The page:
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Geri Pehrson runs St. Nick's Antiques on her farm near St. Peter, Minn.

CURT BROWN, Star Tribune

Collecting and selling, off the beaten path

  • November 17, 2012 - 4:06 PM

ST. PETER, MINN.

Follow the signs to St. Nick's Antiques 6 miles west of St. Peter on Hwy. 99, then a couple of miles north on Nicollet County Road 13 and three of the least-threatening white dogs will greet you as you kick up dirt driving into a 120-acre corn and soybean farm. ¶ The dogs, American Eskimos, are named Princess, Chenoa and Katrina.

"She was born the day that hurricane let loose down there," Geri Pehrson explains, calming down the excitable Katrina.

Pehrson has lived here for all 72 of her years. Her grandfather built the first house in 1890. After she met her husband 51 years ago at a dance in Mankato, they built the second house. They raised one daughter, who now lives 20 miles away in Madison Lake.

For 37 years, Geri worked as an assistant at Nicollet High School's administration office.

"I was practically an antique myself," she jokes.

She retired just as her addiction began gripping her like a vise: Estate sales, flea markets and antique auctions became so overwhelming, she converted the old house on the farmstead into St. Nick's Antiques.

The house's several rooms are chock full of quilts, china, paintings, lamps, Coca-Cola trays and bric-a-brac.

"It's kind of a duke's mixture of collectibles," she says, pointing to a birdhouse converted into a lamp. "I can't remember where I found this, but it works."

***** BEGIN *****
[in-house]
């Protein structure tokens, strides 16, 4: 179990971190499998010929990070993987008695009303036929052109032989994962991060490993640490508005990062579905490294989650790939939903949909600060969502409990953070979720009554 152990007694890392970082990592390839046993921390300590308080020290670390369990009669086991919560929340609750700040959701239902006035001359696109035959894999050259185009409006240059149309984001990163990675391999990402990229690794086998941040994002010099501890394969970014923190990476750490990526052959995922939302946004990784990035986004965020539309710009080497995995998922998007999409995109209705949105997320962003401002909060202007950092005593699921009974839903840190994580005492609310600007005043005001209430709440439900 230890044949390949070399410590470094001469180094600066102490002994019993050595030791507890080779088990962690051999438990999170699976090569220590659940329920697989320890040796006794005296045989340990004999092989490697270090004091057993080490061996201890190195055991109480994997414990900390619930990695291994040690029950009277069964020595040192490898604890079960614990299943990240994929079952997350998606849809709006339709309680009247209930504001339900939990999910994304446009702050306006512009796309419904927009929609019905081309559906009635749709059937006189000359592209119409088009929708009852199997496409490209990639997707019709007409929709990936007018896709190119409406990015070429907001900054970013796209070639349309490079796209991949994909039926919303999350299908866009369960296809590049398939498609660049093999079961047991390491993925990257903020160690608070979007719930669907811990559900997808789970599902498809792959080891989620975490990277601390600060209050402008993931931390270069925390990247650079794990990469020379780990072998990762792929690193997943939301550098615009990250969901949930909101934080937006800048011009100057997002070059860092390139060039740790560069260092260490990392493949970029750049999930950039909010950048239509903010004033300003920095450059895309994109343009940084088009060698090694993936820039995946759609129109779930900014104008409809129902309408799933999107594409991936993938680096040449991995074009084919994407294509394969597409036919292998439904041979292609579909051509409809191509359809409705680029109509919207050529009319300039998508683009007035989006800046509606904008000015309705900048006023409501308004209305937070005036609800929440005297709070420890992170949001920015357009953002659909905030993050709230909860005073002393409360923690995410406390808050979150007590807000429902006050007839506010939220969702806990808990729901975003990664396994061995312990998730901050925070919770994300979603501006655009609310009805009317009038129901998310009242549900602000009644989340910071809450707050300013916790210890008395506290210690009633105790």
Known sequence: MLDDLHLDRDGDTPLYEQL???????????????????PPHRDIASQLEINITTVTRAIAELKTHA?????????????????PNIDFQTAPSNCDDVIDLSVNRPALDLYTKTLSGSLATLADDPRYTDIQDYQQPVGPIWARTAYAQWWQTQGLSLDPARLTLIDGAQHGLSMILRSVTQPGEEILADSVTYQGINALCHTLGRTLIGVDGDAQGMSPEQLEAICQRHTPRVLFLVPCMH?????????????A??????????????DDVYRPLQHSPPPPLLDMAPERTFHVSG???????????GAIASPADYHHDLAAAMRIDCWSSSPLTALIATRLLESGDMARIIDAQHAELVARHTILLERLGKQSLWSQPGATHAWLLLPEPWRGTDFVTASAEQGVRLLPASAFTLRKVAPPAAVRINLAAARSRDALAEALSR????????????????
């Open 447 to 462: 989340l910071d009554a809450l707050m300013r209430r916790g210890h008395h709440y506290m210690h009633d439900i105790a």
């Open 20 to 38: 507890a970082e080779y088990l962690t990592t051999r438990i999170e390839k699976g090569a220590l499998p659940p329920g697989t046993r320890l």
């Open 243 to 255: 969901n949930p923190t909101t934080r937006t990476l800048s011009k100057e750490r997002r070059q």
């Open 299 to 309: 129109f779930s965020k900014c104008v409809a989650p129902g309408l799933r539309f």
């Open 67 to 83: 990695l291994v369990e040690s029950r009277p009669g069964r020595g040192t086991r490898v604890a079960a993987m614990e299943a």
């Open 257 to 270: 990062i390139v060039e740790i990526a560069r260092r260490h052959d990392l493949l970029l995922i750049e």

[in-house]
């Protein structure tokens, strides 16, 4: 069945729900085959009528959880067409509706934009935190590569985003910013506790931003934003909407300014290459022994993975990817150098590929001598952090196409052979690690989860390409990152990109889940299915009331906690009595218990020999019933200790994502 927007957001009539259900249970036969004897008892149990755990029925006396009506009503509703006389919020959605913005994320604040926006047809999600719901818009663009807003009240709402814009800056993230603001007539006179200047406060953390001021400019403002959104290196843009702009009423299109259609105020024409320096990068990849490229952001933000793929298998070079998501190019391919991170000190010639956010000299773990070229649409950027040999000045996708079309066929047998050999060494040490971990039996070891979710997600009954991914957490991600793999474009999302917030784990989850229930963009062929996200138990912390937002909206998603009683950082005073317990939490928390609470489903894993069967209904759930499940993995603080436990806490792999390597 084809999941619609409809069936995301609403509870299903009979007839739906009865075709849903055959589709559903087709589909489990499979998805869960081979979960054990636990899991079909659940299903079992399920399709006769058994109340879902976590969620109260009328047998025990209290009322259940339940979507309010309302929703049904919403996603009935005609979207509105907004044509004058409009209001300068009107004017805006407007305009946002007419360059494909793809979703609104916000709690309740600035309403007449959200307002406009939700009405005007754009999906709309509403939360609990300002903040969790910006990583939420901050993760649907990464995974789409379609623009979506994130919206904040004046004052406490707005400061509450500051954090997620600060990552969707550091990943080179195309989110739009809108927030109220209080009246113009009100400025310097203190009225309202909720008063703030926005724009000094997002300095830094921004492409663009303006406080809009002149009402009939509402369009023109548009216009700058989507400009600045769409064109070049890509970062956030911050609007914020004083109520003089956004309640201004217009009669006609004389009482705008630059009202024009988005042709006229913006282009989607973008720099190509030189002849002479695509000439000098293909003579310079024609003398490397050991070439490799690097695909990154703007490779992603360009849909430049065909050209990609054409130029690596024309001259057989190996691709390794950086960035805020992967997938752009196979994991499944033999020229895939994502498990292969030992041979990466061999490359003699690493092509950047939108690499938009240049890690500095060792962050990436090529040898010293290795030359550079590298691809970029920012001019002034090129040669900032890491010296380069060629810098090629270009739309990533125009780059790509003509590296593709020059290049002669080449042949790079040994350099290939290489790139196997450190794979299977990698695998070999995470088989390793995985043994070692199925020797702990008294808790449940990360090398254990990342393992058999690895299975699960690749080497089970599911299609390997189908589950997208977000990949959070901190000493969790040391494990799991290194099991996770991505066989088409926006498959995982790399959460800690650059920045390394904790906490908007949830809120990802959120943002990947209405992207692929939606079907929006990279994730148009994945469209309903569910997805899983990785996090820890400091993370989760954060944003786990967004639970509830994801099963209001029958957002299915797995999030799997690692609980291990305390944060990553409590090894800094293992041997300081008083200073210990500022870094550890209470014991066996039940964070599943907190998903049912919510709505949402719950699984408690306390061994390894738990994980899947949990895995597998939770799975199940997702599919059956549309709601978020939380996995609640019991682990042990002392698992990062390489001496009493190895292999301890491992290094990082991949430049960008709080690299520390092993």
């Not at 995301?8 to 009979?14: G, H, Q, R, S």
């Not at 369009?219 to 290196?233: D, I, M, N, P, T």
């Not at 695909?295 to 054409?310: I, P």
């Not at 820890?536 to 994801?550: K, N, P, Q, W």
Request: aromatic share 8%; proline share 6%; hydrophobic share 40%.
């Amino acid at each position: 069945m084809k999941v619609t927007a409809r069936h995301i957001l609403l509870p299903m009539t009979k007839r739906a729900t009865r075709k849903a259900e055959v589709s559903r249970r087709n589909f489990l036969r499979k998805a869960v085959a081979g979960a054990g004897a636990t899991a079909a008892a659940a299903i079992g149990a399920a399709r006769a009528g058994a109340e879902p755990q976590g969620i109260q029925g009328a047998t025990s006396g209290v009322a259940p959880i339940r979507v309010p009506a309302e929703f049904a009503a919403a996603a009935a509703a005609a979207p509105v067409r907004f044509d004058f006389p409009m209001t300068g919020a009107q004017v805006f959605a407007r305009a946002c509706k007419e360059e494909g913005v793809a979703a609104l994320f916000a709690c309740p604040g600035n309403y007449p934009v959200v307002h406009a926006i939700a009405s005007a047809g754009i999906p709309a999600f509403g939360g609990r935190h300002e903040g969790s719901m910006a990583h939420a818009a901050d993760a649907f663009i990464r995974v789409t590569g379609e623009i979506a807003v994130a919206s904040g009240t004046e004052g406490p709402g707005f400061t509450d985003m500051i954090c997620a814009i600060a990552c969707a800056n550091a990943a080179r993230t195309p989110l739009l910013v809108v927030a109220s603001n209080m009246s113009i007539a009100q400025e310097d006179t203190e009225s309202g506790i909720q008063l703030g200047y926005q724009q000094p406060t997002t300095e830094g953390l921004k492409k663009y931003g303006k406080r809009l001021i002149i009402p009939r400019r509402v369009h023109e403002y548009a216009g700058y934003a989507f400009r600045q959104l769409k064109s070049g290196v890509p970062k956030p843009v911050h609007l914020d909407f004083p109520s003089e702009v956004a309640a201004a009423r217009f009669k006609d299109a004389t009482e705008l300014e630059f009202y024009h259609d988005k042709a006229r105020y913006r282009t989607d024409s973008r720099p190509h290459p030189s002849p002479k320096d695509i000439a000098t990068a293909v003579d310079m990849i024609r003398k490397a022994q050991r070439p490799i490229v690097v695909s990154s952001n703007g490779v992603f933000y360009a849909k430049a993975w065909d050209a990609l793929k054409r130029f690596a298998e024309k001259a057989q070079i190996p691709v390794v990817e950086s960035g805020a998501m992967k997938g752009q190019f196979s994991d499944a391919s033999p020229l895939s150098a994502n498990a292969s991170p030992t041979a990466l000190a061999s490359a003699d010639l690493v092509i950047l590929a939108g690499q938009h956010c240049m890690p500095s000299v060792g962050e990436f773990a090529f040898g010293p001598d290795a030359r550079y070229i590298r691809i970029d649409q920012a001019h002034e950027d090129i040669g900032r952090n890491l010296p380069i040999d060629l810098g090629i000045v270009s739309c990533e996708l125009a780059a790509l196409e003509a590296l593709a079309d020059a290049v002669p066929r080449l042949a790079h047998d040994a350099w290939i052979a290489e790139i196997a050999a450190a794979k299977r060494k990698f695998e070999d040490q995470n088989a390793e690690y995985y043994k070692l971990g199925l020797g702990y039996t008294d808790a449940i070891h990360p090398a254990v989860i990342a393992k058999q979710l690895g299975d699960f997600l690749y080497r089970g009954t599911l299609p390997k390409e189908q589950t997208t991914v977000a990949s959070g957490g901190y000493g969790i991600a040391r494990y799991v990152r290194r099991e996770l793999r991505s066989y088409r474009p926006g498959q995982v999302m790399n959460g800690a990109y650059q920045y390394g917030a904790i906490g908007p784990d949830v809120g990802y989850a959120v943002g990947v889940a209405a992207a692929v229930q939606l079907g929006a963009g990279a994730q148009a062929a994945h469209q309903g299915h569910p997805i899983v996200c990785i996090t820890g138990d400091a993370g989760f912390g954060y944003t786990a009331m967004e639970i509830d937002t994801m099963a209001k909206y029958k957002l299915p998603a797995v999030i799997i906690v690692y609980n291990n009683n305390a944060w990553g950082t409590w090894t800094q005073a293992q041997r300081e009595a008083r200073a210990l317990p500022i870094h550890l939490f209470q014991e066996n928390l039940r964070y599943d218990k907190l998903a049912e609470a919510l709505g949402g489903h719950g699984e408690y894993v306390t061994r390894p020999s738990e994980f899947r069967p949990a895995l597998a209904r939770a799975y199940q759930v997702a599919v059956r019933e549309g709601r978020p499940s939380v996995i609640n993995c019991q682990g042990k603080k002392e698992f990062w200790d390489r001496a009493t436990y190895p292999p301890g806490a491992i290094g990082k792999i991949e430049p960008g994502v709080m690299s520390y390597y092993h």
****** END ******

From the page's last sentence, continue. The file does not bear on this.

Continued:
She plugs it in, adding light to the cheerful room.

There is a life-size, bearded, robed and slightly creepy statue of the St. Nick of Christmas fame, complete with wire-rimmed glasses. (That's him with Geri in the photo.) But that's not for whom she named the store.

St. Nicholas Catholic Church served as the spiritual home and wooden country church of Pehrson, her parents, Genevieve and Melville Miller, and her grandparents, George and Mary Miller.

"My parents were married in that old church and so was I," she said.

She remembers the precise day the old church shut down for good -- July 1, 1990 -- on the old Fort Road winding to Fort Ridgely off County Road 13.

She thought of opening her antique store in the abandoned church, but the cemetery out back made that an inappropriate fit. It was torn down a few years after it was closed.

As her antique collection built up over the years, so has St. Nick's business. Despite its off-the-beaten-path location, she says plenty of people stop by, especially on weekends. Her hours are 11 a.m. to 5 p.m., Wednesday through Saturday and noon to 5 p.m. on Sundays.

"There's a little bit of everything," she says. "I'm down to about one or two sales a month because I really need to cut down on my inventory."

CURT BROWN

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